During menopause, our hormone levels decrease, leading to a whole host of changes in our skin.
Aesthetic practitioner, Dr Mehvish Khan, says skin reddening along with pigmentation is a common concern women have during menopause, along with Botox not being as effective.
However, there are ways to treat these skin complaints, with the owner of MK Aesthetics in Wexford sharing her advice on caring for menopausal skin.
Skin Reddening: Causes and treatments
The reduction of collagen causes vascular fragility, giving rise to broken vessels, Dr Khan says. "A decline in skin lipids promotes a compromised skin barrier and consequent skin sensitivity, redness and dryness. Inflammation within the skin is also increased causing hot and red flushes."
Laser or thermocoagulation can be used to treat the broken vessels but the mainstay treatment for these individuals would be lifestyle adjustments and skincare, even prescriptive skincare when needed, Dr Khan says.
Reducing alcohol intake and consumption of spicy foods can also be helpful, as can the use of niacinamide, azelaic acid, a low grade retinol and ceramides, which are crucial for prevention of flare-ups.
"LED light therapy and light peels can also help to strengthen the skin barrier. Your skin practitioner can advise the best option for you," Dr Khan says.
Pigmentation: Causes and treatments
Pigmentation that has been lying under the skin for many years may surface in menopause. Dr Khan says. "Incorporating good-quality anti-pigmentation prescription grade products can be quite effective in lifting pigmentation.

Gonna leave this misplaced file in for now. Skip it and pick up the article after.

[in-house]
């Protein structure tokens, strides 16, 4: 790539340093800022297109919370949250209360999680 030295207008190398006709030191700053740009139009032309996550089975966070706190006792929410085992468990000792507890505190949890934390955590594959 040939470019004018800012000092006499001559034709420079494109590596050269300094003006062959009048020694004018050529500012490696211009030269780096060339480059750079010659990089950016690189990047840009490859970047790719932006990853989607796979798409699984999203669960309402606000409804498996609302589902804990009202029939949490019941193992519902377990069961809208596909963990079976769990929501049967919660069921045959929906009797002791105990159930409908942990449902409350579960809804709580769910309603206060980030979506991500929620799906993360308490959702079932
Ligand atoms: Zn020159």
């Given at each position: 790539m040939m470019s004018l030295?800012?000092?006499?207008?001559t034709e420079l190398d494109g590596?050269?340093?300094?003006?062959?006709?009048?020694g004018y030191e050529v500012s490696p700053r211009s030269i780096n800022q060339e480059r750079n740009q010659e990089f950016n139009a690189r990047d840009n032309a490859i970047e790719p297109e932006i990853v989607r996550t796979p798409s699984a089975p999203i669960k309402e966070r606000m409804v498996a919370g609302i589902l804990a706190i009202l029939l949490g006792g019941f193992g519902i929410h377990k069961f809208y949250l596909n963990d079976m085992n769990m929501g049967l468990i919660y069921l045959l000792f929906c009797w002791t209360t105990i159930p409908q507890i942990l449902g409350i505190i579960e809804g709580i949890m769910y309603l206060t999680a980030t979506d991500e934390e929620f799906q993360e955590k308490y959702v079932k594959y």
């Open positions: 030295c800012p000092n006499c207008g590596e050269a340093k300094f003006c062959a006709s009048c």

"A TCA peel is very strong and can only be done by a medical practitioner. It’s a medium depth peel so any stubborn pigmentation that hasn’t been lifted with the skincare products can be lifted with the peel. Laser to remove pigmentation is another option."
Botox efficacy on menopausal skin
Dr Khan explains that practitioners are a lot more cautious when injecting Botox in the upper face of women aged 50 onwards, who may be suffering from aging skin that has lost its laxity.
"A lesser amount of Botox, strategically placed, is recommended in these patients, and this may be the very reason why the Botox doesn’t last as long as in someone who has had a higher dose.
"I would recommend a skin tightening procedure to counter the laxity and this will improve Botox."
Skincare routine for menopause
Regular check-ins with a good skincare practitioner is important to see if your products are still working for you, according to Dr Khan. "The skin goes through many changes with time and with seasons and it is vital to have your skincare and skin health assessed regularly. The skincare products that you were using in your 30s will not give you the same result in your 50s.
Recovering your sparkle inside and out
"It is our role as good practitioners to understand their emotion in this phase of their life and recommend only what is in their best interest and also to be very compassionate in our approach," Dr Khan says.
"Recommending a 360 degree treatment plan is vital which will include an effective skin regime, relevant supplements, in-clinic treatments, injectables, hormone replacement and lifestyle changes."
Dr Khan's top products for menopausal skin:
- Invest in a gentle cleanser such as the Obagi Nu-Derm Gentle Cleanser, or NeoStrata for those suffering with menopausal acne.
- An exfoliator for shedding of dead, dull skin.
- Vitamin A – I would recommend the Obagi Retinol 1.0 or a prescription grade retinol to increase cellular turnover.
- Obagi 15% Professional C Serum for collagen stimulation, skin brightness, vascular strength and target inflammation.
- Anti-pigmentation serum/cream to tackle areas of pigmentation. The Obagi NuDerm System is highly recommended.
- The Obagi Hydro-Drops for those with dull, dry skin and skin sensitivity as it contains niacinamide.
- Obagi Hydrate/Hydrate Luxe for long-lasting hydration.
- SPF – The Heliocare brand has a large range to suit all skin types.
Follow Dr Khan on Instagram: @mk_aesthetics.
To read our full menopause special, pick up a copy of the October issue of RSVP magazine, out now.
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